The drought in California, which was officially declared an emergency by Governor Jerry Brown a few weeks ago, has definitely taken its toll on my garden this winter. What’s usually filled with hefty vegetables and verdant vines is a plot of seedlings struggling to get started and a trellis of peas barely hanging on in our unseasonal heat (six weeks running with no rain in sight).
But while the winter garden may already be on its way out, I can always count on my citrus trees (some of them over 30 years old) to bear the most beautiful bounties this time of year… like this lemon tree.
Or this orange tree.
Or these grapefruits, mandarins, and limes.
They’re everywhere, and gloriously so. It looks like the lemon tree shook itself out in my kitchen with bowls of Eureka fruits spilling over. Our Valencia oranges are heaped so heavily into the hanging baskets that I’m afraid they’ll come tumbling down. Then there are Oro Blanco grapefruits piled high in the sink and waiting to be juiced, handfuls of mandarins scattered across the counter for easy snacking, and little limes perched on plates to accompany homemade tacos.
Citrus gets a lot of use in our kitchen, from zesting and juicing to marinating and brining. Sometimes we do all of that at once; we’ll zest the fruit before we juice it, then use the juice for a marinade or brine. With any leftover zest that doesn’t go into the meal, I’ll make a citrus salt — a flaky finishing salt infused with citrus zest.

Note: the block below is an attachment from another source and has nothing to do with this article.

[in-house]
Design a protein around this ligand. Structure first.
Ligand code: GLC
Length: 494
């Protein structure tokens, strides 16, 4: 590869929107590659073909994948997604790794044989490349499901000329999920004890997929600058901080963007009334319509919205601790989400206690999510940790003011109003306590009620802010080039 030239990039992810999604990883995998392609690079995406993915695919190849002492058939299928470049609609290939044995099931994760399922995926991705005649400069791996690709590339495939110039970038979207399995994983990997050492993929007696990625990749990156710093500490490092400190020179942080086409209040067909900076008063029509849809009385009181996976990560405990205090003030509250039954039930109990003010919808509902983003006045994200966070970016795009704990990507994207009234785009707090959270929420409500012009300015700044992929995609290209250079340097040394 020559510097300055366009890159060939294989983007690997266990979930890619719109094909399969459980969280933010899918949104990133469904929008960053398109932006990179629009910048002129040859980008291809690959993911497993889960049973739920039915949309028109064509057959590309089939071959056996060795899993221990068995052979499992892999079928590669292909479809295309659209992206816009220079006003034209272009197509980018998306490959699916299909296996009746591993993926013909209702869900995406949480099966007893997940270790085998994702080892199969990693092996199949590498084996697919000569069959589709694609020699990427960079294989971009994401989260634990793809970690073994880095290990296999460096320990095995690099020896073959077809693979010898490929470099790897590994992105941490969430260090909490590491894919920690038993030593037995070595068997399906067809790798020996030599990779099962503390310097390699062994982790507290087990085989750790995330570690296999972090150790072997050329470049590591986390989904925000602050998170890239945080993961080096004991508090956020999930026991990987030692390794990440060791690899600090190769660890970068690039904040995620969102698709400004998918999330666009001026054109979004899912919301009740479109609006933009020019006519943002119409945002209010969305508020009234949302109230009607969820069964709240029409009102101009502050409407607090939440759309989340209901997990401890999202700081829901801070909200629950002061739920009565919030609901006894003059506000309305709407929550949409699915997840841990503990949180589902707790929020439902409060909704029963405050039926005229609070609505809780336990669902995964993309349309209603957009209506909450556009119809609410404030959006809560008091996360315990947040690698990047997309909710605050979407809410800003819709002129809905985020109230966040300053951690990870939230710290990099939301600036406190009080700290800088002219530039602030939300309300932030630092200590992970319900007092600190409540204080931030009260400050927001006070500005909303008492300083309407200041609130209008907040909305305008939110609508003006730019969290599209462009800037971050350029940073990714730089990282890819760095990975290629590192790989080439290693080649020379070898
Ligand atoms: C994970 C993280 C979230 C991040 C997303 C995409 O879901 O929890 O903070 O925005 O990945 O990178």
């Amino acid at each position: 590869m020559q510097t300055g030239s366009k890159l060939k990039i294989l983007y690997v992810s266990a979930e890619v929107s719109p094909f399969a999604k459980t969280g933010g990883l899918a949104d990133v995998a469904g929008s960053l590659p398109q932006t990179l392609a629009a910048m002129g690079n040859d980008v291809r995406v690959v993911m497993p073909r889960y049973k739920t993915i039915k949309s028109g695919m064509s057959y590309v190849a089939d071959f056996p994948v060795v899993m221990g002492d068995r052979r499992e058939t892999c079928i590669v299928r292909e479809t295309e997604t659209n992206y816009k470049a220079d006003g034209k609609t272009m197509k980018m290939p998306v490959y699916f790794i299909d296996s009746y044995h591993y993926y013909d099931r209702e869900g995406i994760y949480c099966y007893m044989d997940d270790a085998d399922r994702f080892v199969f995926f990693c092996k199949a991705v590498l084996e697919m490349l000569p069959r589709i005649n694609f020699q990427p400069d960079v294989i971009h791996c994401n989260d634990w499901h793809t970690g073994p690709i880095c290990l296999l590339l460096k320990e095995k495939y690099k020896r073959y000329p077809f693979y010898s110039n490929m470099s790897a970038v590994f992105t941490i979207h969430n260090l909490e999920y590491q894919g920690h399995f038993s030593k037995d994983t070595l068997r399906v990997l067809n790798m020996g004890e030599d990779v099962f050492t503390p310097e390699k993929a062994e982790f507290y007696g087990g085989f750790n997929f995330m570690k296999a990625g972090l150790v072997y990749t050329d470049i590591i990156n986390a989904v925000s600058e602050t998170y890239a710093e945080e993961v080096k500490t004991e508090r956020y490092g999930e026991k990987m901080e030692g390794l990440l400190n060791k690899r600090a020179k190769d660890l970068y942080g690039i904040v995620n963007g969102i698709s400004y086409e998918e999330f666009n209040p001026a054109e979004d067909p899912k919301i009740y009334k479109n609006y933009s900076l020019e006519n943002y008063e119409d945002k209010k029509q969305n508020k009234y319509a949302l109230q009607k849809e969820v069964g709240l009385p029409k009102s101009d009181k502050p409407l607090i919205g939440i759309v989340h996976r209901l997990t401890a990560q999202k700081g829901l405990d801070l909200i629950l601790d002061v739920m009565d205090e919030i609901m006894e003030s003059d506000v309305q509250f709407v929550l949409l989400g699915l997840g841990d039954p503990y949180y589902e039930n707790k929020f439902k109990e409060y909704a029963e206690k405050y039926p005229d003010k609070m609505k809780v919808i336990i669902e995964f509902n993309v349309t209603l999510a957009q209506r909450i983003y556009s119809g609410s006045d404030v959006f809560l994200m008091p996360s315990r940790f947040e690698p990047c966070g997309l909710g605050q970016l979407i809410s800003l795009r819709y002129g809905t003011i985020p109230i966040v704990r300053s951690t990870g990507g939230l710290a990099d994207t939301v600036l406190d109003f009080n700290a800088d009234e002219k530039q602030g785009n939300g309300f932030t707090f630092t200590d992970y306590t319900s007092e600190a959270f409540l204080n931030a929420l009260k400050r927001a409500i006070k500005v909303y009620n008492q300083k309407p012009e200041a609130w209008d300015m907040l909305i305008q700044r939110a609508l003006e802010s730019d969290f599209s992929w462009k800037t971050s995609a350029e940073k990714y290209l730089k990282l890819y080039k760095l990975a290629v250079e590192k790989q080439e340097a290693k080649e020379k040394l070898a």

It’s marvelous how a spoonful of zest can elevate something as simple as kosher salt — typically used for rubbing or seasoning — into a fine finishing salt. Sprinkled over peas and fava beans, it livens up that subtle taste of spring. On top of roasted beets and carrots, it adds crunch and kick to those earthy flavors.
How about orange salt on homemade salted caramels? Or lemon salt on thick-cut slices of heirloom tomatoes? Or lime salt to line a roasting pan for fish? Or grapefruit salt to rim the glass of a Salty Dog? You can even make blended citrus salts (perhaps a citron-tangerine?) to finish a plate of grilled asparagus or dry rub a slab of steak.
I use kosher salt in this recipe, but any coarse salt will do. Try it with Maldon sea salt, Himalayan pink salt, or another flaky finishing salt if that’s what you have.
Homemade Citrus Salt
Makes 1/4 cup
1/4 cup kosher salt
1/2 tablespoon citrus zest
Making Your Homemade Citrus Salt
In a small bowl, combine the salt and zest. Reach in there and really squeeze and stir it up well with your fingers; this serves to not only release all the fragrant oils from the zest, but also separate clumps of wet zest so they’re dispersed more evenly in the salt.
Spread the citrus salt across a shallow dish or baking sheet. Let it air dry for at least eight hours, or overnight. The zest should feel flaky and crumbly between your fingers when it’s fully dried.
If you’re making a few different kinds of citrus salt, you can spread them across a baking sheet on individual sheets of parchment. The parchment will make it easier to scoop all the salt off afterward.
To bottle it up right away, you can speed up the drying process by heating the citrus salt in a 225°F oven for about one hour.
Citrus salt will keep for a few months at room temperature. Storage in an airtight container will prolong shelf life. The zest may fade in color over time, but it won’t affect the taste.